Welcome & Karakia
Opening Address and MC
Hilda Johnson-Bogaerts (Director, Selwyn Institute)
Loneliness in later life in New Zealand
Dr Sally Keeling (Senior lecturer, University of Otago)
Loneliness: What is a nurse’s duty of care?
Kathy Glasgow (Senior Advisor – Nursing from the Office of the Chief Nurse, MOH)
How to promote resilience in ageing by recognising frailty
Dr Michal Boyd (Nurse Practitioner, Waitemata DHB)
Culturally diverse experiences of social connectedness and befriending services in Aotearoa, New Zealand
Professor Merryn Gott (Director of Research, School of Nursing, University of Auckland)
The older person's perspective
Solutions to loneliness: Professional perspectives
How music makes a difference
Michelle Lee (Founder & CEO, I'm Soul Inc.)
The Neuroscience of Loneliness
Nigel Latta (Clinical Psychologist)
58 Waipuna Rd, Mount Wellington, Auckland 1060
The above is an actual headline. One of hundreds indicating a problem that has gone beyond being solely a matter of social isolation.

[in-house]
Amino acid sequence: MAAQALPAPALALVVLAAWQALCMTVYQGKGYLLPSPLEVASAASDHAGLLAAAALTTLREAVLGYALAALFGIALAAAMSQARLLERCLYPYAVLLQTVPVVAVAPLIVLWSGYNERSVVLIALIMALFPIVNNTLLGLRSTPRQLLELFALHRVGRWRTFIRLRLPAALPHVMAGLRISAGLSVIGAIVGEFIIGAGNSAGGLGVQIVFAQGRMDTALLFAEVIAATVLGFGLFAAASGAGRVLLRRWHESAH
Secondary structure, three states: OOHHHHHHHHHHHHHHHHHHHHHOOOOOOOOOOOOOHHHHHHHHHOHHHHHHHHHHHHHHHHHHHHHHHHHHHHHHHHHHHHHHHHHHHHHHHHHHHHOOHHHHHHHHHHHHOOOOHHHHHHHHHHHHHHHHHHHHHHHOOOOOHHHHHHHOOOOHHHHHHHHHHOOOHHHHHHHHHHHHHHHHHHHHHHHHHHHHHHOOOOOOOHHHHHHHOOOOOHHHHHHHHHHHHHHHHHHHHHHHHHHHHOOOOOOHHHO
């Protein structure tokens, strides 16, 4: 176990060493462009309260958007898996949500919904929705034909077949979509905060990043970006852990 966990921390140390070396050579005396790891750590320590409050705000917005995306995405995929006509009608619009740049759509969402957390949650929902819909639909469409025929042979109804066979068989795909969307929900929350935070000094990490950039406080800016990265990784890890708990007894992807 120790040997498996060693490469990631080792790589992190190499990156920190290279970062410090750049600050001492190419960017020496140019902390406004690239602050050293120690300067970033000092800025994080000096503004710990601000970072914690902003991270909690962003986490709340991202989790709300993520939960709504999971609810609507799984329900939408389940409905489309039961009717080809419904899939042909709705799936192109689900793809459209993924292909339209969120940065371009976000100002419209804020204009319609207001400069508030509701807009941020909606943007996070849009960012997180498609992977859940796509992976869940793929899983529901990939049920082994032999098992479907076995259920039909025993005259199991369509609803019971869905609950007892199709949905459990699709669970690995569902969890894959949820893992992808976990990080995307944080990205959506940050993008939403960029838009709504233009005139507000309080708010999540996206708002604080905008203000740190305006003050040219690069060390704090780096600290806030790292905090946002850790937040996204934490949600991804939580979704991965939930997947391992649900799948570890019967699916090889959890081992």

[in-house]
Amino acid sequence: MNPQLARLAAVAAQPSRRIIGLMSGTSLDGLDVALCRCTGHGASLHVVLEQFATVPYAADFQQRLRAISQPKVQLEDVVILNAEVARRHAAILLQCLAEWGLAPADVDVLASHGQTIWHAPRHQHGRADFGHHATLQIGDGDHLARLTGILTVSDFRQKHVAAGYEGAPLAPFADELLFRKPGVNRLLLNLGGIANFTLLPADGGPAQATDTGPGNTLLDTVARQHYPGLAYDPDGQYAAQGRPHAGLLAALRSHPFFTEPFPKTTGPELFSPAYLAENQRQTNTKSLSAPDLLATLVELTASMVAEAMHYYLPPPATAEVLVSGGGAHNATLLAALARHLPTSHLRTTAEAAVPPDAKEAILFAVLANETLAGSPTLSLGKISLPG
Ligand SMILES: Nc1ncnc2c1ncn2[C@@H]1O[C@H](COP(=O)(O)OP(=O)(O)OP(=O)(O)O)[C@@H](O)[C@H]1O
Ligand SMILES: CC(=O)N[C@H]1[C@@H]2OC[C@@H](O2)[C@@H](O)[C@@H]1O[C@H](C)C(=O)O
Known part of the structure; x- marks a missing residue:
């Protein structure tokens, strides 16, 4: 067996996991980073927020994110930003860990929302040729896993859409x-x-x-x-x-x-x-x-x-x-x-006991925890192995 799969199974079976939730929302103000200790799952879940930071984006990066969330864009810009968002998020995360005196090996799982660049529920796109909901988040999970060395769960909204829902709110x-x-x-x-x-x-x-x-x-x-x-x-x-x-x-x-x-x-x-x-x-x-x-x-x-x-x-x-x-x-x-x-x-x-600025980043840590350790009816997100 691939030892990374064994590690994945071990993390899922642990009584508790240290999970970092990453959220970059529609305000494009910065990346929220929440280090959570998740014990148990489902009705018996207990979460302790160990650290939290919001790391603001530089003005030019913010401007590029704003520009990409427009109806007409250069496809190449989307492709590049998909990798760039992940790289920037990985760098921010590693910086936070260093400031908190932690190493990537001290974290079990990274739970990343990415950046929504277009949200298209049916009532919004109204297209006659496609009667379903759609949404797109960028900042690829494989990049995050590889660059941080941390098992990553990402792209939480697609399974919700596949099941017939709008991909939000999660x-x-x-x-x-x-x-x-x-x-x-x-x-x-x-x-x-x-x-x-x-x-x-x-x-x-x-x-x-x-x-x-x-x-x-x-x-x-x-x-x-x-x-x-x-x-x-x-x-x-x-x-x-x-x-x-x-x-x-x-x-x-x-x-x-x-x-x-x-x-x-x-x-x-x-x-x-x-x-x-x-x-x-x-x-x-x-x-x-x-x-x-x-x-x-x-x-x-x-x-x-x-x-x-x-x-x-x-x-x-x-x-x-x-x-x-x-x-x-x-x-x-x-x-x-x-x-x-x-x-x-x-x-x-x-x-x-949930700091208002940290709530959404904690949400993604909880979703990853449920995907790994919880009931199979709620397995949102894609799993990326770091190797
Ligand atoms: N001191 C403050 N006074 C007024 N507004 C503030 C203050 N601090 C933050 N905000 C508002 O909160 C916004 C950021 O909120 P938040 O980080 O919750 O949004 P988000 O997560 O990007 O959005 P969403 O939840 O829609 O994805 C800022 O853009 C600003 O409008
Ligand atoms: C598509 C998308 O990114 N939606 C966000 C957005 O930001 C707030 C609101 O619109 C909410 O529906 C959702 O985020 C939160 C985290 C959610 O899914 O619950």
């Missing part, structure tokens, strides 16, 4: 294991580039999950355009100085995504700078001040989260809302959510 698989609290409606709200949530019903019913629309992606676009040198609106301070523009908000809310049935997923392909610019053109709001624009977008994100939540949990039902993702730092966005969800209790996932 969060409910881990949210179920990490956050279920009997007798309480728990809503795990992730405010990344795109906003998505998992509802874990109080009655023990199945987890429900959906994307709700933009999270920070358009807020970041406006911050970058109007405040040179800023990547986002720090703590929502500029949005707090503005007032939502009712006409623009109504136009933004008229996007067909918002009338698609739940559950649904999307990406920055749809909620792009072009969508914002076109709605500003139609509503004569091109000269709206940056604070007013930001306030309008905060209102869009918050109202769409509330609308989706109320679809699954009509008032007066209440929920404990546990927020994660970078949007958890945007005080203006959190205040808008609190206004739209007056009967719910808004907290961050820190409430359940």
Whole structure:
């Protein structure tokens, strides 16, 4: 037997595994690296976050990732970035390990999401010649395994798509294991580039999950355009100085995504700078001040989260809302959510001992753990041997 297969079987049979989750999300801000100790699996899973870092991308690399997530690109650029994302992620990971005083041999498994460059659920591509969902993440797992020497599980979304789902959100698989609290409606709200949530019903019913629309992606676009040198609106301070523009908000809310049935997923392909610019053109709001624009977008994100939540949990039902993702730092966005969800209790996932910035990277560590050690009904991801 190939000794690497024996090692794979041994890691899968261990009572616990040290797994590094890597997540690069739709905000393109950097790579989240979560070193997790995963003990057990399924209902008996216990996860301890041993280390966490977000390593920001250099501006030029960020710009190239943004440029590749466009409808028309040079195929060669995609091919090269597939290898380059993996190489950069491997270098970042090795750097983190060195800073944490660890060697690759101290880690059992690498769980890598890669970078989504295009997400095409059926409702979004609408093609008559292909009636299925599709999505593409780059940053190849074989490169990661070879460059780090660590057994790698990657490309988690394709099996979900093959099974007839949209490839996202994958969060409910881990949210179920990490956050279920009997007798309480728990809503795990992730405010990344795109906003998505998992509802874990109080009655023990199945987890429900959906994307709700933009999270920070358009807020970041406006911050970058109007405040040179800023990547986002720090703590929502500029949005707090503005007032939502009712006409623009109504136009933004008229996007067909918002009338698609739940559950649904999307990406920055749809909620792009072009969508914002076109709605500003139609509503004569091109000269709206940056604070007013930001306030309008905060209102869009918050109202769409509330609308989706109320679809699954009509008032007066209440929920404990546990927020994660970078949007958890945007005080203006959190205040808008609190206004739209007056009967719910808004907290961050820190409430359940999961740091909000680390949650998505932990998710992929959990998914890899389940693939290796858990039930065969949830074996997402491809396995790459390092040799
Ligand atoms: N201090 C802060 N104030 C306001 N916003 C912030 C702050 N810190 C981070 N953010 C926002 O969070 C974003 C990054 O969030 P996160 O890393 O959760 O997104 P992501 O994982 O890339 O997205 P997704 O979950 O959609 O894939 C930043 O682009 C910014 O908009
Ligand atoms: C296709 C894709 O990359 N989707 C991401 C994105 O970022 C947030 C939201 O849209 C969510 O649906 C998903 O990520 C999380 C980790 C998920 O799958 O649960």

Loneliness has become a 21st Century killer.
The evidence is overwhelming: a lonely person is significantly more likely to suffer an early death than an individual who is not lonely by anywhere from 30% to 60%. A long list of additional, and ongoing, health problems is now part of the loneliness epidemiology.
Little wonder that forecasts indicate the problem will be more critical, and more taxing on health resources, than smoking or obesity.
Simply put: wherever there are people involved there is the potential for loneliness to take hold.This includes older people in retirement communities and rest homes where, with so many people around, loneliness seemingly shouldn’t exist.
Looking after the health and wellbeing of older people in your care is a nurse’s over-arching responsibility. So when a particular ‘problem’ erupts into a full-blown crisis people at the front line of protection, such as nurses, need to be ready.
Are you and is the sector? The 2018 Gerontology Nursing Conference is a call to action in making nurses aware of the challenges that lie ahead as well as giving you the tools to make a difference.
It is designed to help professionals identify, understand and then deal with this complex problem and the risks it poses for older people – whether in residential aged care settings or in the wider community. Your input is welcomed. The focus will be on knowledge sharing and providing practical pathways to prepare people for what lies ahead.
We are most grateful for the support of our 2018 sponsors and donors.
If you are interested in becoming a sponsor or donor for the 2018 Gerontology Nursing Conference please contact us at email@example.com